She mentioned a scent of wood in the range of pine in the aroma, but really you already get the gist, it's complex, not just that one tea but the type in general.  Maybe it's just me but in this type of tea more than others somehow that complex range of flavors seems to come across as unified, as one continuous range.  She mentioned a quality she described as "resinous," which I think might relate to that one aspect I'm not having much luck with pinning down, sort of tied to a taste range but really also about an unusual feel, not necessarily good or bad but just different, distinctive.

The actual review

dry leaves.  I should almost add a coin for scale; these are some fine leaves.

The extra maltiness is where this tea starts to seem more like a lapsang souchong, or at least a lot like one other higher grade example I've tried.  That element may not show through in a smoked version nearly as well, since it could just merge into the background behind a more prominent smoke effect.  The rest of the profile is nice, a nice sweetness and balance, some subdued earthiness beyond that, a clean feel and presentation of the flavors.  Again for this tea I could imagine lots of people describing this in lots of different ways.

looks like a black tea

The type stands apart a bit from other black teas, but then it's easy to say that of the other types too.  Of course it still tastes a little like a black tea, in the same way good and bad red wine all sort of taste like red wine.  There isn't much astringency to worry about, although lower quality versions can vary related to that.  The tea flavor is in the earthy and sweet range but one part of it can come across as hinting towards sourness, in a great sense if someone loves such teas, and I do like them.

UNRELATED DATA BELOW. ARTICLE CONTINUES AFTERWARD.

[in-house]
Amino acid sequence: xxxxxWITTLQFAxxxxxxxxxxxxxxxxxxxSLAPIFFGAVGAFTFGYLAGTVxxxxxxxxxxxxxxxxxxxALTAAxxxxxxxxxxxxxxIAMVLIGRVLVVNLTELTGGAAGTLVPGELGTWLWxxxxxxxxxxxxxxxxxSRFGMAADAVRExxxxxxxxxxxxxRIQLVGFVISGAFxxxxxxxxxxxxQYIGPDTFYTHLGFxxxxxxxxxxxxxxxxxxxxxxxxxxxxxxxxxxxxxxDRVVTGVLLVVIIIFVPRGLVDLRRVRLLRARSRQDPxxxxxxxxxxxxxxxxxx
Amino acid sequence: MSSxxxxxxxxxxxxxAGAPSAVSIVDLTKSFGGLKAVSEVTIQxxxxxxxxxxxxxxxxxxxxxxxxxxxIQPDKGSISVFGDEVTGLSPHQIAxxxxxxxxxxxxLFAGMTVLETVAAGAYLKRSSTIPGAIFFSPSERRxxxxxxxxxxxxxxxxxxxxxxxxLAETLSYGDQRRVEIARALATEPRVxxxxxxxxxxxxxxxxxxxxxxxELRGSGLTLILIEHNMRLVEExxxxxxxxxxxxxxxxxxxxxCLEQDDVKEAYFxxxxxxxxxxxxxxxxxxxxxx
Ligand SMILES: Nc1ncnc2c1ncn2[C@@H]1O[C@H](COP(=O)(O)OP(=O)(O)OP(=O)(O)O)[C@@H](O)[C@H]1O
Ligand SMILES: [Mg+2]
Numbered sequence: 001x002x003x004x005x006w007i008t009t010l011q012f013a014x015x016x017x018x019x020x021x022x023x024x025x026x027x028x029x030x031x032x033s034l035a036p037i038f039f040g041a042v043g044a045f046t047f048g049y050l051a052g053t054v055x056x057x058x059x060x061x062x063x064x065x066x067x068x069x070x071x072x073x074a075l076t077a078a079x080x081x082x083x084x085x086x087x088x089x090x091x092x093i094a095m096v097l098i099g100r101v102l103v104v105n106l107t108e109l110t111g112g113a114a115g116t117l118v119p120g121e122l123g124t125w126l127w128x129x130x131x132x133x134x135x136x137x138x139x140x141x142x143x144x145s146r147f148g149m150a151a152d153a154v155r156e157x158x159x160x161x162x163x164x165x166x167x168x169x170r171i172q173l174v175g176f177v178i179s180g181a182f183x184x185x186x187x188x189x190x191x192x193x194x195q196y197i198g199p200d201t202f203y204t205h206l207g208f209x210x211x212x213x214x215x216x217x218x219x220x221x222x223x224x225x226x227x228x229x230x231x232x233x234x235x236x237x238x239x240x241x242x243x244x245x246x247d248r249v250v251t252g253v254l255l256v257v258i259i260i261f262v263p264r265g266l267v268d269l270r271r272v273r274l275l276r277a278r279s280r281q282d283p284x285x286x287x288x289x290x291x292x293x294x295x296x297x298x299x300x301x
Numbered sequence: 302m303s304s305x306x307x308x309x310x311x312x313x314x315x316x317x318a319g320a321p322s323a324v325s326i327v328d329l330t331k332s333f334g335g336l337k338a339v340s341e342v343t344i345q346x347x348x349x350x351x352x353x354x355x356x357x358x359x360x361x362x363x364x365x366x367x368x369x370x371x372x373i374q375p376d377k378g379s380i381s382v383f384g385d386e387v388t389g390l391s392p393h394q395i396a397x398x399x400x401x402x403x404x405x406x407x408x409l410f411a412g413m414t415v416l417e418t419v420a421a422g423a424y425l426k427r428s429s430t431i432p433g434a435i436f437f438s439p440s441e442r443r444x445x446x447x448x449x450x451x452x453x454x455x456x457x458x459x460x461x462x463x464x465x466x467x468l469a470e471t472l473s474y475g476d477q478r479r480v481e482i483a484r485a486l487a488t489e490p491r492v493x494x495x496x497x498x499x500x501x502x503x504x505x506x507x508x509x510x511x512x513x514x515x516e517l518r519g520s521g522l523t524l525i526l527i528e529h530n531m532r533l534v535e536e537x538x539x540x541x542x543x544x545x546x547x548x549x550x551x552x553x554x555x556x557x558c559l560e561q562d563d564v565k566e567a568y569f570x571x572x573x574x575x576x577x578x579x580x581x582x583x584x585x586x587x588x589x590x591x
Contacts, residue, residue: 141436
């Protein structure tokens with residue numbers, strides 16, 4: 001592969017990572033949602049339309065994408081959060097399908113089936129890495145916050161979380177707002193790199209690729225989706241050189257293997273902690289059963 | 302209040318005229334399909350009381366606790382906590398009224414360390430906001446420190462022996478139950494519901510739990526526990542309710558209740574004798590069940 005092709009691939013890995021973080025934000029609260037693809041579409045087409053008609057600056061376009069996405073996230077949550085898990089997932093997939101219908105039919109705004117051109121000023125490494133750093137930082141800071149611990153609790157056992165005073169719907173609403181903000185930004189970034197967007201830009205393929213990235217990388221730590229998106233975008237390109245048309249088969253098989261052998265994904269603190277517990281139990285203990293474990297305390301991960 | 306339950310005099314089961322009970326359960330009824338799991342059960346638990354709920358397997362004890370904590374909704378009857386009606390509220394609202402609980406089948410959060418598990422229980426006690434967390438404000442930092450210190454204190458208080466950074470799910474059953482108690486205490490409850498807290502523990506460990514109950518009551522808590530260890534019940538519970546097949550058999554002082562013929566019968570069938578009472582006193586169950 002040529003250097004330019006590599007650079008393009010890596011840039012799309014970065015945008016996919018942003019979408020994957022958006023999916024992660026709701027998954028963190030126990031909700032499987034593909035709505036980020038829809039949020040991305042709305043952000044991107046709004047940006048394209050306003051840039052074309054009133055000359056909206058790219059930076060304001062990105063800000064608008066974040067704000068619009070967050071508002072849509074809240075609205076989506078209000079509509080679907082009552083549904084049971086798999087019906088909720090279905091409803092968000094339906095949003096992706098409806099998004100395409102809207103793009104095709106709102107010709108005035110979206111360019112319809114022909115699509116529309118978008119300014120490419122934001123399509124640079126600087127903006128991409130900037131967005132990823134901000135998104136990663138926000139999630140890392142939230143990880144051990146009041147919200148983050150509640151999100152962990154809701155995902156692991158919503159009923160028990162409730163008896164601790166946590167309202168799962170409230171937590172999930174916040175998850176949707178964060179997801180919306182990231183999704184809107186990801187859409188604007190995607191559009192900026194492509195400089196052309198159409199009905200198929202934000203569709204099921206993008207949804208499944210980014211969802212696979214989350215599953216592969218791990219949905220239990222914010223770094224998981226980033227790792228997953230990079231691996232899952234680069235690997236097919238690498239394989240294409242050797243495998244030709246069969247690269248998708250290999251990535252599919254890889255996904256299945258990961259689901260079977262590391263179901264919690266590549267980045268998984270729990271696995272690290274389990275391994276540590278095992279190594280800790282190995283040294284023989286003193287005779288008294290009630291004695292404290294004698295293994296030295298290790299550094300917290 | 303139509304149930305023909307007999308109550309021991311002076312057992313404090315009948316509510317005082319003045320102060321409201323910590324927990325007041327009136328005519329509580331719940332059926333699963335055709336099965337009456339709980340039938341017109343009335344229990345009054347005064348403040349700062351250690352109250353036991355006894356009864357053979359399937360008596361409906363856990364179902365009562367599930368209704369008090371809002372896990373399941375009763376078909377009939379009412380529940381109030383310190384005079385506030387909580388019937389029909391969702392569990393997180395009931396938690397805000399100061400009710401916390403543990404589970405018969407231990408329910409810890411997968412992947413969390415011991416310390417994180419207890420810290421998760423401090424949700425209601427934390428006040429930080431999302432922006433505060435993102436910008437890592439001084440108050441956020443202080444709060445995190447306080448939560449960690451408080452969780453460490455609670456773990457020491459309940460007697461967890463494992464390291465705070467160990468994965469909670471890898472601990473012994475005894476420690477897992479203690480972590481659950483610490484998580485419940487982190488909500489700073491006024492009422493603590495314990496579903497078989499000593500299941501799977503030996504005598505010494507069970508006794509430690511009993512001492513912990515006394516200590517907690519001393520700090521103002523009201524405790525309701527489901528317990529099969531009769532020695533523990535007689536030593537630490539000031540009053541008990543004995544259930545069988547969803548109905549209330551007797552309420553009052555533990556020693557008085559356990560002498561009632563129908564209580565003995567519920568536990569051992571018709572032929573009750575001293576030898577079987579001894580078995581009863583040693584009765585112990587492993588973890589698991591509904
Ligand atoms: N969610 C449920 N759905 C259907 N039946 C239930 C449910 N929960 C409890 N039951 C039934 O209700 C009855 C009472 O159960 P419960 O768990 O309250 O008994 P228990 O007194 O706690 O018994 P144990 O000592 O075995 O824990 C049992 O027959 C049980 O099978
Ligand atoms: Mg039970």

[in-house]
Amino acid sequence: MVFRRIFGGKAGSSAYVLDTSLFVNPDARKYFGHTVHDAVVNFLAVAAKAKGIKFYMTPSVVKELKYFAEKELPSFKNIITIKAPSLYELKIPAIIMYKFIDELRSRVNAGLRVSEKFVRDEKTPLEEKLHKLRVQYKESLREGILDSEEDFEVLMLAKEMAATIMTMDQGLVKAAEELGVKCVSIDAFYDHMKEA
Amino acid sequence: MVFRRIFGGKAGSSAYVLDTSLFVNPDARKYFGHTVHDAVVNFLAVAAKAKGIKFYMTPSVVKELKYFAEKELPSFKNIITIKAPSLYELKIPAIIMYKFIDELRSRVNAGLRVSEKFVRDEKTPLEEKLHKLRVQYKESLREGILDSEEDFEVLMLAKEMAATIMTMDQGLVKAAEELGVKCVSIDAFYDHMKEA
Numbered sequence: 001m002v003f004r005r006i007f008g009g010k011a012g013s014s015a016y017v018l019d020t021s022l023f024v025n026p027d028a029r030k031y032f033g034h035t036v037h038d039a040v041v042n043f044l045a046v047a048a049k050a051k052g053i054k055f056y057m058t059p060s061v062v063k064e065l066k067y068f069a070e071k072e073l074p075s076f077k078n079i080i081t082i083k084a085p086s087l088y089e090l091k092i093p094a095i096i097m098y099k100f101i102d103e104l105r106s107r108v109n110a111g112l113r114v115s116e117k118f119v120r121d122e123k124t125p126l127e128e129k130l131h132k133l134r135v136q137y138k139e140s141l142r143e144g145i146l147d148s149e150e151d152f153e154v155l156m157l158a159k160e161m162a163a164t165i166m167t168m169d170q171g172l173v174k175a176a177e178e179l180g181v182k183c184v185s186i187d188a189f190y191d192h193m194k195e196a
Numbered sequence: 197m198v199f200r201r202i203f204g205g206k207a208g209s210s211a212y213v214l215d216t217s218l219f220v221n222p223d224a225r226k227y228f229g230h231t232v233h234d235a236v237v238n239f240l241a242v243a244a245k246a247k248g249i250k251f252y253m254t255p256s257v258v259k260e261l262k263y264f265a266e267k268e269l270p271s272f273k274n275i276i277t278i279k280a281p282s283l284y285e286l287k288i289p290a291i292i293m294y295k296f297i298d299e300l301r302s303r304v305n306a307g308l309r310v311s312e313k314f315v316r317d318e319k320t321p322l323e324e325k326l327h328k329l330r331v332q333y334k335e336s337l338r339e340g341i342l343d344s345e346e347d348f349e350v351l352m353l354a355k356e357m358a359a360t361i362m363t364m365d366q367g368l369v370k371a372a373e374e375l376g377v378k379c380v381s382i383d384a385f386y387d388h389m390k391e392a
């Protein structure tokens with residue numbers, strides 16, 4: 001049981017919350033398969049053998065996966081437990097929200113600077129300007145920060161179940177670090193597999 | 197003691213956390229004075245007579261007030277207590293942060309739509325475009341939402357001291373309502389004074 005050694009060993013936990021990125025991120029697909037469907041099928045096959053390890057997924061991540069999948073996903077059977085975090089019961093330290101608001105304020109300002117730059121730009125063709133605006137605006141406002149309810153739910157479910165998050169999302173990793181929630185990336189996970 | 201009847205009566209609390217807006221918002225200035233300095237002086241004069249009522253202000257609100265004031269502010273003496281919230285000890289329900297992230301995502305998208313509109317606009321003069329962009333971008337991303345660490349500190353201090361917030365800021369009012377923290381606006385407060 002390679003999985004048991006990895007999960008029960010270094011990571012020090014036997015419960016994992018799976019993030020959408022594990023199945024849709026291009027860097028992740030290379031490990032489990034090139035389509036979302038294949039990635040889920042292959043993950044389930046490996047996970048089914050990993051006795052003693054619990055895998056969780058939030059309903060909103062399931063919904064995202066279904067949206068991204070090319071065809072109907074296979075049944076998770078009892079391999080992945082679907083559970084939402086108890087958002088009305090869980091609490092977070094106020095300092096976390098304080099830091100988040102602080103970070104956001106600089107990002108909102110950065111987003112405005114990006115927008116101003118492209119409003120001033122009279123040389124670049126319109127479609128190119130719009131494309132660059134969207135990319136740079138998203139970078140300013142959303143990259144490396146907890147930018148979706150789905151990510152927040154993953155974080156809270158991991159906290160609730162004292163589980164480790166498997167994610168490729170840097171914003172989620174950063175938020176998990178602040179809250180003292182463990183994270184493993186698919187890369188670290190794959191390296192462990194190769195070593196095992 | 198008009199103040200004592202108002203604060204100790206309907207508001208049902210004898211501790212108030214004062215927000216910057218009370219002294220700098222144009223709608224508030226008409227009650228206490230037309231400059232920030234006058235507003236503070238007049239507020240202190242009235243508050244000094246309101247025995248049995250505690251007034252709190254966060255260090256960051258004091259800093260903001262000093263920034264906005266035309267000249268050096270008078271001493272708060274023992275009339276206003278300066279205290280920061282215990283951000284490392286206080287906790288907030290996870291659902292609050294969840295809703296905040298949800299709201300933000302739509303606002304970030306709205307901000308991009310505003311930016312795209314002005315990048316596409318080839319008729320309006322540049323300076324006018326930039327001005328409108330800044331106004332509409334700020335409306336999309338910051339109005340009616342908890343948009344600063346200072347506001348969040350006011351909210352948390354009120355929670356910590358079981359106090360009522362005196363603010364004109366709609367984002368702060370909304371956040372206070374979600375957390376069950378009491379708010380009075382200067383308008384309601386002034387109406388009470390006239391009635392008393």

Some black teas that are sweet in the sweet potato range can be a bit much for me, and can seem to lack balance, or to have too much of a certain type of aftertaste, but the bit of dryness and slight shift towards a savory / sour range in this tea works out well (per my preference; I don't see this sort of thing as an absolute, or even less so than some other factors).  Since pine smoke also can be sour for me smoked versions are great or terrible largely related to level of smoke and how far the tastes drift in that direction, since it can join together in a wonderful balance or not really work at all.  I had one once that I liked that was so smokey it was as if I was breathing smoke for a half an hour afterwards, like the smell of smoke had stuck to my clothes, but somehow that tea still worked.